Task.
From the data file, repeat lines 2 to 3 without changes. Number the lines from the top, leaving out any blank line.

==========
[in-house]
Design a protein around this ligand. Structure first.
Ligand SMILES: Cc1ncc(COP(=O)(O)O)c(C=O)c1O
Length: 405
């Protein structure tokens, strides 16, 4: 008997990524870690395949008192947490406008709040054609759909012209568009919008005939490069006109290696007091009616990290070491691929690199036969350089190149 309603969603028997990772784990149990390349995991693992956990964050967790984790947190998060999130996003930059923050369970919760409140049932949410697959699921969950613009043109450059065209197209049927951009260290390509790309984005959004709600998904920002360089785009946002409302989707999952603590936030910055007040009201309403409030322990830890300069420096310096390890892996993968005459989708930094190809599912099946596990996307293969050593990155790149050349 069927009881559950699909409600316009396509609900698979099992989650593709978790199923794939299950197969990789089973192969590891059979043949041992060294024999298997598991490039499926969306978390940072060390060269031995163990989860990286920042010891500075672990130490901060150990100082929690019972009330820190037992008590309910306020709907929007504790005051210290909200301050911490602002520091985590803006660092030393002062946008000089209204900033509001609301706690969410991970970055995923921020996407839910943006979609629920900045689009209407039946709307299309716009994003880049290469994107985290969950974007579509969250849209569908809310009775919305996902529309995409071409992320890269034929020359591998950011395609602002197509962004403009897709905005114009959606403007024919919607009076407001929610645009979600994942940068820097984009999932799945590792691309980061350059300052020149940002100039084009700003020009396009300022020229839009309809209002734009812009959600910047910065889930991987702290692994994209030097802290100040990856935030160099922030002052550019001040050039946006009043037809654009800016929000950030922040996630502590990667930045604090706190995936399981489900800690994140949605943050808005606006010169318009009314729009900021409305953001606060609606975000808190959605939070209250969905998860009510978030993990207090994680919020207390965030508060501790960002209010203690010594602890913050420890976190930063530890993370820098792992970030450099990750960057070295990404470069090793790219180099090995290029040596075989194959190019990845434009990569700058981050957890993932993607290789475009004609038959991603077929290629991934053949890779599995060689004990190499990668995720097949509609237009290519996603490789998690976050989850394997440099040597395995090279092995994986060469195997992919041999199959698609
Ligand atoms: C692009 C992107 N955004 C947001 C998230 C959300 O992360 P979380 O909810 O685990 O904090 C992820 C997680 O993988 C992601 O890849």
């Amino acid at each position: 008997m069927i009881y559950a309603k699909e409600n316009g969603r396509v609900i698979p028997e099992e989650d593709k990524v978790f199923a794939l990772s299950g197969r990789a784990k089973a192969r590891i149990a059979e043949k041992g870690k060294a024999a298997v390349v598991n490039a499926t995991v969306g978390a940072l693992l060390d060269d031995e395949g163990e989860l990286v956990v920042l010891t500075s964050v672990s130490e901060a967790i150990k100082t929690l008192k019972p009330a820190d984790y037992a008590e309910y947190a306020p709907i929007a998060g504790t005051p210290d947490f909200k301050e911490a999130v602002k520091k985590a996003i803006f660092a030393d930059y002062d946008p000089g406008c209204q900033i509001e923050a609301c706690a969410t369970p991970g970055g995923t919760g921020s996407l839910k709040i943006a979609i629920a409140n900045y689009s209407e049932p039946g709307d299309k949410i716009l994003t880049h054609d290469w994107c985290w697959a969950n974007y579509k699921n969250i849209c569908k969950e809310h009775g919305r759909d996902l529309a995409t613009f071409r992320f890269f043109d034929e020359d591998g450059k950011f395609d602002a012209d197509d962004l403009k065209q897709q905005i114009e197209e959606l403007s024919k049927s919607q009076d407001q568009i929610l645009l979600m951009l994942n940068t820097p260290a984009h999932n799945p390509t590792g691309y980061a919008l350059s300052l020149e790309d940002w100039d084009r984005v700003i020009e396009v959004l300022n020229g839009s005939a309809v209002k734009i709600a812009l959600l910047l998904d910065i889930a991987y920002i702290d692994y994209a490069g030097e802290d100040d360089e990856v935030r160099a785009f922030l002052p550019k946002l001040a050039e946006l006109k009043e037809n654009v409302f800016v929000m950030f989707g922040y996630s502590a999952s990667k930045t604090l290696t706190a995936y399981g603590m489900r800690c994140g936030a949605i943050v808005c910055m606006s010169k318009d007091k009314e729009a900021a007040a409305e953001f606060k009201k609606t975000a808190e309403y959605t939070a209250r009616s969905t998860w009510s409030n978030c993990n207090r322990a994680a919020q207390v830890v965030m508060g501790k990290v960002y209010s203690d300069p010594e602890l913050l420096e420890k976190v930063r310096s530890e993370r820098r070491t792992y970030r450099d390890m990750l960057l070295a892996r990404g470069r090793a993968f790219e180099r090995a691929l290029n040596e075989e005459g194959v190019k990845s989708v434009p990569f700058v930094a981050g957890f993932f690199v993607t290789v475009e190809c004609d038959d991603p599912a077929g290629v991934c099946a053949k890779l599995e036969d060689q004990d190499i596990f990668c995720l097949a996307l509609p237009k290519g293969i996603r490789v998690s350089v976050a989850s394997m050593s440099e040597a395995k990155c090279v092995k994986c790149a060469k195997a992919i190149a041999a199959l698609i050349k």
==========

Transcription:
Design a protein around this ligand. Structure first.
Ligand SMILES: Cc1ncc(COP(=O)(O)O)c(C=O)c1O